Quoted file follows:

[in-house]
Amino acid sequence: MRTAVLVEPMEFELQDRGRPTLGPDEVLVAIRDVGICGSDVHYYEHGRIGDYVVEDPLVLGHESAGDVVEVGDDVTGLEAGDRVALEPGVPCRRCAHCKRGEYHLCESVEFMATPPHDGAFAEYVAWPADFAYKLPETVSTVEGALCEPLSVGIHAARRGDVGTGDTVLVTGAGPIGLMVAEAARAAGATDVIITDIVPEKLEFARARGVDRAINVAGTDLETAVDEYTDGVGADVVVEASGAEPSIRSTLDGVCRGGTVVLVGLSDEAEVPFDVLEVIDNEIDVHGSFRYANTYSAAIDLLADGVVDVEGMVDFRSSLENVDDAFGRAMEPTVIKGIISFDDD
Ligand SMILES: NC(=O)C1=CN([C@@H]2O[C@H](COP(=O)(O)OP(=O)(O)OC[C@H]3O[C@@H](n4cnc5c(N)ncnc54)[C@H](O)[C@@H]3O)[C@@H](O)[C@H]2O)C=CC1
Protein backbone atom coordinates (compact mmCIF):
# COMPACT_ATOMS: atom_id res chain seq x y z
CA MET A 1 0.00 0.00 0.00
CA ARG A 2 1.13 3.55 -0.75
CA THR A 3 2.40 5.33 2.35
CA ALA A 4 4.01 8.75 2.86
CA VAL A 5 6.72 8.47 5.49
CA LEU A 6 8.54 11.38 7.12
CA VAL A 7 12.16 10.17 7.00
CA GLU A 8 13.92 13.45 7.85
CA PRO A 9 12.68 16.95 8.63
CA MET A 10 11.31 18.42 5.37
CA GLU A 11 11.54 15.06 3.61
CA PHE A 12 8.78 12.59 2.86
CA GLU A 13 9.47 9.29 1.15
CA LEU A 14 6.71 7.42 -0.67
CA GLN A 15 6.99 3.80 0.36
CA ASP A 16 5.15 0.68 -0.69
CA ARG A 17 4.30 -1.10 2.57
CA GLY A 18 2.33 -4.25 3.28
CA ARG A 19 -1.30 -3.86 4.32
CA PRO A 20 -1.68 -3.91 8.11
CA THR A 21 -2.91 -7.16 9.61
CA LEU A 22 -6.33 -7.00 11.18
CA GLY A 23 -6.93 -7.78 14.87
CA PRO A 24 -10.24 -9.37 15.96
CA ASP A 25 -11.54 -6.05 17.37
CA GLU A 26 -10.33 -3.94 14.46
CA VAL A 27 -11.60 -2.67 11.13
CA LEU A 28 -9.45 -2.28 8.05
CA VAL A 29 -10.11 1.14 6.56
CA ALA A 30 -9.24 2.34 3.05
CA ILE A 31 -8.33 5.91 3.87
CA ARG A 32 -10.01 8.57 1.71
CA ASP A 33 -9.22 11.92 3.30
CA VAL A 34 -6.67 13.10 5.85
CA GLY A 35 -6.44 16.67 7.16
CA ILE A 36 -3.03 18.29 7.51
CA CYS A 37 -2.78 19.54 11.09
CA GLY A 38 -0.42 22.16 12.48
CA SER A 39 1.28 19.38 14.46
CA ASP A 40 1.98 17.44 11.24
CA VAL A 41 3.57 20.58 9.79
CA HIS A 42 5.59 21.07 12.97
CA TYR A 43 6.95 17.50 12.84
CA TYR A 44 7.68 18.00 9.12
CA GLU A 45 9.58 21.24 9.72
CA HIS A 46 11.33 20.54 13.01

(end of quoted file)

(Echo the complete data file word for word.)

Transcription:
[in-house]
Amino acid sequence: MRTAVLVEPMEFELQDRGRPTLGPDEVLVAIRDVGICGSDVHYYEHGRIGDYVVEDPLVLGHESAGDVVEVGDDVTGLEAGDRVALEPGVPCRRCAHCKRGEYHLCESVEFMATPPHDGAFAEYVAWPADFAYKLPETVSTVEGALCEPLSVGIHAARRGDVGTGDTVLVTGAGPIGLMVAEAARAAGATDVIITDIVPEKLEFARARGVDRAINVAGTDLETAVDEYTDGVGADVVVEASGAEPSIRSTLDGVCRGGTVVLVGLSDEAEVPFDVLEVIDNEIDVHGSFRYANTYSAAIDLLADGVVDVEGMVDFRSSLENVDDAFGRAMEPTVIKGIISFDDD
Ligand SMILES: NC(=O)C1=CN([C@@H]2O[C@H](COP(=O)(O)OP(=O)(O)OC[C@H]3O[C@@H](n4cnc5c(N)ncnc54)[C@H](O)[C@@H]3O)[C@@H](O)[C@H]2O)C=CC1
Protein backbone atom coordinates (compact mmCIF):
# COMPACT_ATOMS: atom_id res chain seq x y z
CA MET A 1 0.00 0.00 0.00
CA ARG A 2 1.13 3.55 -0.75
CA THR A 3 2.40 5.33 2.35
CA ALA A 4 4.01 8.75 2.86
CA VAL A 5 6.72 8.47 5.49
CA LEU A 6 8.54 11.38 7.12
CA VAL A 7 12.16 10.17 7.00
CA GLU A 8 13.92 13.45 7.85
CA PRO A 9 12.68 16.95 8.63
CA MET A 10 11.31 18.42 5.37
CA GLU A 11 11.54 15.06 3.61
CA PHE A 12 8.78 12.59 2.86
CA GLU A 13 9.47 9.29 1.15
CA LEU A 14 6.71 7.42 -0.67
CA GLN A 15 6.99 3.80 0.36
CA ASP A 16 5.15 0.68 -0.69
CA ARG A 17 4.30 -1.10 2.57
CA GLY A 18 2.33 -4.25 3.28
CA ARG A 19 -1.30 -3.86 4.32
CA PRO A 20 -1.68 -3.91 8.11
CA THR A 21 -2.91 -7.16 9.61
CA LEU A 22 -6.33 -7.00 11.18
CA GLY A 23 -6.93 -7.78 14.87
CA PRO A 24 -10.24 -9.37 15.96
CA ASP A 25 -11.54 -6.05 17.37
CA GLU A 26 -10.33 -3.94 14.46
CA VAL A 27 -11.60 -2.67 11.13
CA LEU A 28 -9.45 -2.28 8.05
CA VAL A 29 -10.11 1.14 6.56
CA ALA A 30 -9.24 2.34 3.05
CA ILE A 31 -8.33 5.91 3.87
CA ARG A 32 -10.01 8.57 1.71
CA ASP A 33 -9.22 11.92 3.30
CA VAL A 34 -6.67 13.10 5.85
CA GLY A 35 -6.44 16.67 7.16
CA ILE A 36 -3.03 18.29 7.51
CA CYS A 37 -2.78 19.54 11.09
CA GLY A 38 -0.42 22.16 12.48
CA SER A 39 1.28 19.38 14.46
CA ASP A 40 1.98 17.44 11.24
CA VAL A 41 3.57 20.58 9.79
CA HIS A 42 5.59 21.07 12.97
CA TYR A 43 6.95 17.50 12.84
CA TYR A 44 7.68 18.00 9.12
CA GLU A 45 9.58 21.24 9.72
CA HIS A 46 11.33 20.54 13.01